DISCLAIMER: THE FOLLOWING "Cost of Freedom Recap" CONTAINS STRONG OPINIONS WHICH ARE NOT A REFLECTION OF THE OPINIONS OF FOX NEWS AND SHOULD NOT BE RELIED UPON AS INVESTMENT ADVICE WHEN MAKING PERSONAL INVESTMENT DECISIONS. IT IS FOX NEWS' POLICY THAT CONTRIBUTORS DISCLOSE POSITIONS THEY HOLD IN STOCKS THEY DISCUSS, THOUGH POSITIONS MAY CHANGE. READERS OF "Cost of Freedom Recap" MUST TAKE RESPONSIBILITY FOR THEIR OWN INVESTMENT DECISIONS.
THREATS FROM EBOLA AND ISIS SPARKING CALLS FOR MORE FUNDING
GARY KALTBAUM: Look, the number one function of government is to protect the folks, and we're getting illnesses and diseases like this coming to the shores, and we have lone wolf terrorists starting to grow. we have to do something about it. There is it not enough money to even spend to get something like this done and watched over. I think spend all you can to make sure nothing bad happens.
EMILY TISCH SUSSMAN: I think we need to be spending money smartly. You don't want to give a blank check, but particularly on the healthcare front, it's not like there's nothing we can do about this. We can be putting that money in a smarter way into preparedness. Preparedness, particularly in a health context, is something that got decimated under the Budget Control Act last year. There's a way you can be spending it in a serious way. That way we don't need to be deploying Department of Defense emergency SWAT teams into cities. They're already themselves.
GARY B. SMITH: Kind of like the guy who climbed the fence of the White House. Why don't we just have a 20-foot fence and make it a little bit harder for him to climb? You're right, Melissa. I think you hit the nail on the head when you said we should fear when we give the government a blank check, because then they end up exceeding it. I think we do need to spend it smarter. You know, when you think of the budgets of the Department of Homeland Security and the Department of Defense-- between the two of them they should be fighting all this stuff. In fact, I know Department of Homeland Security has Ebola-fighting teams out there for just this case, in case somebody made a chemical attack on us. Between those two, we have a bigger protection budget, if you will, than the next 10 countries combined. The money is there. We don't need more money. We need to spend it better and be a little bit more focused on what is causing us harm right now.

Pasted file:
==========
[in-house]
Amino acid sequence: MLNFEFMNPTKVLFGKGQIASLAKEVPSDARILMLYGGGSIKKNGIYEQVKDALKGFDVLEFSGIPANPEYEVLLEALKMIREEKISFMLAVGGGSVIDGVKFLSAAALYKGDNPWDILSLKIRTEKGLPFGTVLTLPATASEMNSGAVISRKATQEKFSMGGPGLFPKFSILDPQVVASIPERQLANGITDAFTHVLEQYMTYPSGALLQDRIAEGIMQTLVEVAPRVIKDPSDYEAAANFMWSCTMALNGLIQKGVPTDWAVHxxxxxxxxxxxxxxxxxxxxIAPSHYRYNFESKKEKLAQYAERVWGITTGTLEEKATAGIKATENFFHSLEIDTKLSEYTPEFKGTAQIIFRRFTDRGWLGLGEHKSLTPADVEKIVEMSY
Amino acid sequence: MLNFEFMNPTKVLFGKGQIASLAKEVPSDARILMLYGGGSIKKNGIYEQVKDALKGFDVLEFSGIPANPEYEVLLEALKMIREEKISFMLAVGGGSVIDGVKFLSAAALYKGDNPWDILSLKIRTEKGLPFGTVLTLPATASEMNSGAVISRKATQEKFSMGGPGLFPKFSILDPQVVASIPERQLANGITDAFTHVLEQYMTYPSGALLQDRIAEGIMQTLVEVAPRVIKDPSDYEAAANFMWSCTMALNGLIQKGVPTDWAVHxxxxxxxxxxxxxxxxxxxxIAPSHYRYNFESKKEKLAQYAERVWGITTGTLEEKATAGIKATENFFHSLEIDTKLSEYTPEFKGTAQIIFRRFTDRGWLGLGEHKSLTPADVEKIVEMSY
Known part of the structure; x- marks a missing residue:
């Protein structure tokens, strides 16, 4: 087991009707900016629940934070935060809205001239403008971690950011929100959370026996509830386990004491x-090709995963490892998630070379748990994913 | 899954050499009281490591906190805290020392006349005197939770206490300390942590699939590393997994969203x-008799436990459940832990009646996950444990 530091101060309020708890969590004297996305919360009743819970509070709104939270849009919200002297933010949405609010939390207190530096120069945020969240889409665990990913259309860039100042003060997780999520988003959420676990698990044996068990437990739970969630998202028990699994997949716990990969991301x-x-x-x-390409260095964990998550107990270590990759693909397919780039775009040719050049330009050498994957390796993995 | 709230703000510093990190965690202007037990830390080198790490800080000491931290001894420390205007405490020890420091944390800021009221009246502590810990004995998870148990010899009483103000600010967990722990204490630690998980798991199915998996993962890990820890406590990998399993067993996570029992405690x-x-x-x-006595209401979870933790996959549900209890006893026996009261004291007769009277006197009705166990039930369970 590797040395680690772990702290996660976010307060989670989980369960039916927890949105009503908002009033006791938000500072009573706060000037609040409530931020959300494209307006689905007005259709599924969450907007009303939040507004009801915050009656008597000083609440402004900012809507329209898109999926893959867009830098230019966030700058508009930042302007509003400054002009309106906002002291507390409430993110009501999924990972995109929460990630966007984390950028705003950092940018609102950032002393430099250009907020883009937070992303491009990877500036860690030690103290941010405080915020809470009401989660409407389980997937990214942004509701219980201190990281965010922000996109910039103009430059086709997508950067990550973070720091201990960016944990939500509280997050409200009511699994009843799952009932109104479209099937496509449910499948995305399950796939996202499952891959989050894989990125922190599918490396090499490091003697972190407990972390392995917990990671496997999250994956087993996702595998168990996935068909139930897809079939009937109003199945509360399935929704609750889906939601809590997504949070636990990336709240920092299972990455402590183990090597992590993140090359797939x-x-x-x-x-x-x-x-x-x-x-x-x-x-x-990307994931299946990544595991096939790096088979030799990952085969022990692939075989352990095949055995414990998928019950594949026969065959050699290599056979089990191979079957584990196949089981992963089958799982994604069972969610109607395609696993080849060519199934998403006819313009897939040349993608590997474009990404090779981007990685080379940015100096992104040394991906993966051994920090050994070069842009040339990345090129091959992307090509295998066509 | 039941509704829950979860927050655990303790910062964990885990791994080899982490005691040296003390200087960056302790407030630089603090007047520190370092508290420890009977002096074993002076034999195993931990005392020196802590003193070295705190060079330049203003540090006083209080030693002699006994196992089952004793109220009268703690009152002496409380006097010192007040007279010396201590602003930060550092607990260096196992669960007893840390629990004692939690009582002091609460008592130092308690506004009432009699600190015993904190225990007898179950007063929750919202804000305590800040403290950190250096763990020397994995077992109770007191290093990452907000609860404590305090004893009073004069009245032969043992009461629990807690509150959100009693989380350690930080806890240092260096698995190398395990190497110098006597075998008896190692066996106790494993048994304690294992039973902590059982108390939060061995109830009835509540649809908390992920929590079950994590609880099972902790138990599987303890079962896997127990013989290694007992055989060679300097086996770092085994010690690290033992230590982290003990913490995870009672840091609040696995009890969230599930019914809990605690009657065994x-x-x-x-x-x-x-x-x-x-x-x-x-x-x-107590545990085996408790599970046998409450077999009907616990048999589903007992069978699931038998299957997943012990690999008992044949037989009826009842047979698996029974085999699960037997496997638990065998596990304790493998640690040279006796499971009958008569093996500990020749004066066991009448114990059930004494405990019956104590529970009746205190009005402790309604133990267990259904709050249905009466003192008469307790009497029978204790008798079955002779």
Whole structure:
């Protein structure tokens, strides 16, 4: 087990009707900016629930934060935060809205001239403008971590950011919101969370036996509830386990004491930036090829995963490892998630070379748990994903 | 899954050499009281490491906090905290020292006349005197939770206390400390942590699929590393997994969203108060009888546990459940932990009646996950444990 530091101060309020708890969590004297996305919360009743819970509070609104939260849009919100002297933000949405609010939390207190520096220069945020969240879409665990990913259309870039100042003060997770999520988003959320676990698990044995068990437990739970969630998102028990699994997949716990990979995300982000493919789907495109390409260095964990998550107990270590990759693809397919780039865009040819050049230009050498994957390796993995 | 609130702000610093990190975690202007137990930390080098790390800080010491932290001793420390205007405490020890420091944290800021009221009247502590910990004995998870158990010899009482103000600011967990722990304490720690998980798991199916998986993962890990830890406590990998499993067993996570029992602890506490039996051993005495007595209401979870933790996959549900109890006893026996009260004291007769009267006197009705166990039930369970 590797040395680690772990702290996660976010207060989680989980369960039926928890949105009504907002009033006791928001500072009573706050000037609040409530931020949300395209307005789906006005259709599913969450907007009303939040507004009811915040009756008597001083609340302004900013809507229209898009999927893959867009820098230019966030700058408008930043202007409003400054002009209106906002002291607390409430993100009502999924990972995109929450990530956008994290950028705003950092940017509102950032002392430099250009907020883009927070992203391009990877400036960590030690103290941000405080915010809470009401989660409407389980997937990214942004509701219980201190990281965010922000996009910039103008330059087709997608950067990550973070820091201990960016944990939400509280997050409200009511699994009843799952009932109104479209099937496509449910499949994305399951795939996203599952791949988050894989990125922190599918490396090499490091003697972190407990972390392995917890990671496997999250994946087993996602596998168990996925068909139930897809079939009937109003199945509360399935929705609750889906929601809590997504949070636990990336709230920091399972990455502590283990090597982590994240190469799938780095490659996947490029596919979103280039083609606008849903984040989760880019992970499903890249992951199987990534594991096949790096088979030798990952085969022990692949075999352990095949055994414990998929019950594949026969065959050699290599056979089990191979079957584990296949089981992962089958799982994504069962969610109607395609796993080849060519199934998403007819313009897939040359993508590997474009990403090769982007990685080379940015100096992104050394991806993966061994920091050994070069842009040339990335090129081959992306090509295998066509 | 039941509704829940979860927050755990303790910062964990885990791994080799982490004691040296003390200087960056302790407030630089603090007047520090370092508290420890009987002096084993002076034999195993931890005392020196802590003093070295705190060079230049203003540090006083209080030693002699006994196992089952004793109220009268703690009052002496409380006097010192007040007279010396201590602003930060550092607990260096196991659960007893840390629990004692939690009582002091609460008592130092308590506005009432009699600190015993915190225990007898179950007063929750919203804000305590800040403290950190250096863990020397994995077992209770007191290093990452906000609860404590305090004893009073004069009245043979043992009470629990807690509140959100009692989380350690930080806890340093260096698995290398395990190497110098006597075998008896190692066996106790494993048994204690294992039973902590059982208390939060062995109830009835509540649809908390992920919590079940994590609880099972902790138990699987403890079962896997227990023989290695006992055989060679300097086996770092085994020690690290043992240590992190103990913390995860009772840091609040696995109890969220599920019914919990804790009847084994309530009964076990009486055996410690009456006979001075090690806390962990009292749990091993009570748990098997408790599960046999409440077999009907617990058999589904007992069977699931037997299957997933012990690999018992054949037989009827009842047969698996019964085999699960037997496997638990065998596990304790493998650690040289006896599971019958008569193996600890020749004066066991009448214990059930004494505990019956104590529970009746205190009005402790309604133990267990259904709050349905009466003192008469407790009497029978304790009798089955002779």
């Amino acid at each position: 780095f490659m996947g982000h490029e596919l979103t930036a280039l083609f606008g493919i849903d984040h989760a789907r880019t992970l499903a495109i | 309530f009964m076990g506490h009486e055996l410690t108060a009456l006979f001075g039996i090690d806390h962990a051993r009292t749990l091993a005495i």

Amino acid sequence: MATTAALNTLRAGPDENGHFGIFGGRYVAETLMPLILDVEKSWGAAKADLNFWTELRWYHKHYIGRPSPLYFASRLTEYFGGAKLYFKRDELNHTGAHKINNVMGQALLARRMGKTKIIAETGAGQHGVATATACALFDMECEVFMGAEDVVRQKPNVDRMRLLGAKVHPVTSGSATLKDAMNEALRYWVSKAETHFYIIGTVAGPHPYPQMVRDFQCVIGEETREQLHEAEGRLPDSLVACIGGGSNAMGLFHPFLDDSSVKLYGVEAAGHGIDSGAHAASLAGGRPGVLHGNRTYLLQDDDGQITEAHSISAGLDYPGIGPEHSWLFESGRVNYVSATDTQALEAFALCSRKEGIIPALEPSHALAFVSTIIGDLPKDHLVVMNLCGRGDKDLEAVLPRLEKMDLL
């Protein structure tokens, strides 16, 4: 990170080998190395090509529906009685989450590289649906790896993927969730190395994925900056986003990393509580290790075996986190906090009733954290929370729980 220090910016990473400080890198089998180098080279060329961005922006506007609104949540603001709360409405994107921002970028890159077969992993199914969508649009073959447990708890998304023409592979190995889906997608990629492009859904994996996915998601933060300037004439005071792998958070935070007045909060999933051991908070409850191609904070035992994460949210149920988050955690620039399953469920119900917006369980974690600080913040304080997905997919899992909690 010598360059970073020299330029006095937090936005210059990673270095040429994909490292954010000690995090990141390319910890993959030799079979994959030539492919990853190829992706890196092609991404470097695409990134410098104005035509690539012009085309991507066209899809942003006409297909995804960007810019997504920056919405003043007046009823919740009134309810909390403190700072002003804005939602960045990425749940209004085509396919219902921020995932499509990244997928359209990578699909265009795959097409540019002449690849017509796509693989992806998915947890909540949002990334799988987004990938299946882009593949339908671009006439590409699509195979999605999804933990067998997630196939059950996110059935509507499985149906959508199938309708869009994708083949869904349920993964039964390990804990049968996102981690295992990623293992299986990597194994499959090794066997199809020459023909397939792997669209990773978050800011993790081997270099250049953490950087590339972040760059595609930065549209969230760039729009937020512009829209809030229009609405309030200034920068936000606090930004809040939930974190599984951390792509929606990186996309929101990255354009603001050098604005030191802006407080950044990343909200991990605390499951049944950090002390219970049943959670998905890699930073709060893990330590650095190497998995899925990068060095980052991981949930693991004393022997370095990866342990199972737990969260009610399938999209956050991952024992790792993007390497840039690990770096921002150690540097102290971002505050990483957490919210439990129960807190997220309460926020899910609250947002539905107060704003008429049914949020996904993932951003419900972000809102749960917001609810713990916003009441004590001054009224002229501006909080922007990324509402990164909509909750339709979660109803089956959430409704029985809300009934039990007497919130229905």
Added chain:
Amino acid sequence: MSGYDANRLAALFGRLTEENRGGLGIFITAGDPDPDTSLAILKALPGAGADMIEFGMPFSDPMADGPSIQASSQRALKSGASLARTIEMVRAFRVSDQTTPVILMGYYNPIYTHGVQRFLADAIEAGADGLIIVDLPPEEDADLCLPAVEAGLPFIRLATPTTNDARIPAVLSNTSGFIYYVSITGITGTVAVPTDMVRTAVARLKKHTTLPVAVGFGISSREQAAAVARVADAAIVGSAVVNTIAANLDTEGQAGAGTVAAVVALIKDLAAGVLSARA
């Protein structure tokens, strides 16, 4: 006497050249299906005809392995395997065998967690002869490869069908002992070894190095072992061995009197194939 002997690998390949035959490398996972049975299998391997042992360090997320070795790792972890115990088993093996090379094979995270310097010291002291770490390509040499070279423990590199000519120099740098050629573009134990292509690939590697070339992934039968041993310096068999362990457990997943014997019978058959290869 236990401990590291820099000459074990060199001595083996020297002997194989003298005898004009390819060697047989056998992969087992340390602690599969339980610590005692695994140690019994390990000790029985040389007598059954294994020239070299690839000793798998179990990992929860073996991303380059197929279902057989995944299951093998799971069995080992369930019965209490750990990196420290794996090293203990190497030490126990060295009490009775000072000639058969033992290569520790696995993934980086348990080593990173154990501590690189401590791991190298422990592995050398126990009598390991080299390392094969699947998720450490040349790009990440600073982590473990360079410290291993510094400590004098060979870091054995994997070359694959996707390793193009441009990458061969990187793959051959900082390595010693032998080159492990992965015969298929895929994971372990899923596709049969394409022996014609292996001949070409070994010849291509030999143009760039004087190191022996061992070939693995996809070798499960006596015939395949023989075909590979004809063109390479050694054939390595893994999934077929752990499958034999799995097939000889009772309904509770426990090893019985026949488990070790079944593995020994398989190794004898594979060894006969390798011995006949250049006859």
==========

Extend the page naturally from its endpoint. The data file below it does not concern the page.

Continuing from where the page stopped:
JONAS MAX FERRIS: It could be too much money. They have $40 million a year homeland -- look, you give me $100 million I can't build a better search engine than Google just because I have more money. I don't have a plan. I don't have the resources or the brain power to do it. The government has the money allocated for these things. The fact that homeland security all these years is really no further along in this-- what was their plan to track somebody with Ebola? How did they know the guy that went to Dallas wasn't a terrorist? They don't follow people, they don't restrict them, they don't put them in quarantine federally. Why is that a state problem?
JOHN LAYFIELD: They're very reactive. When you talk about stopping the stupidity, you'd have to quarantine congress and most of Washington, D.C. and then never let them come back.
VOTERS IN SEVERAL STATES DECIDING IF MINIMUM WAGE SHOULD BE HIKED
GARY B. SMITH: I'm just looking at history. Let's take the most current one. President Obama himself voted to -- or authorized the delay in minimum wage increase in American Samoa. Why? Because it was found to hurt the economy. It wasn't just the right saying it. It wasn't business. It was the government's accountability office saying it hurt the economy. That's why it was delayed. They did a study in 2012 of the hike in the New York state minimum wage. They found they lost 500,000 part-time jobs. Raising the minimum wage is bad for the economy.
EMILY TISCH SUSSMAN: Look, people are ready for this. People are ready to raise the minimum wage. And this is something that we should be doing at a state and local level if we're not going to be doing it at a federal level. We've not seen a raise since 2006 at the federal level.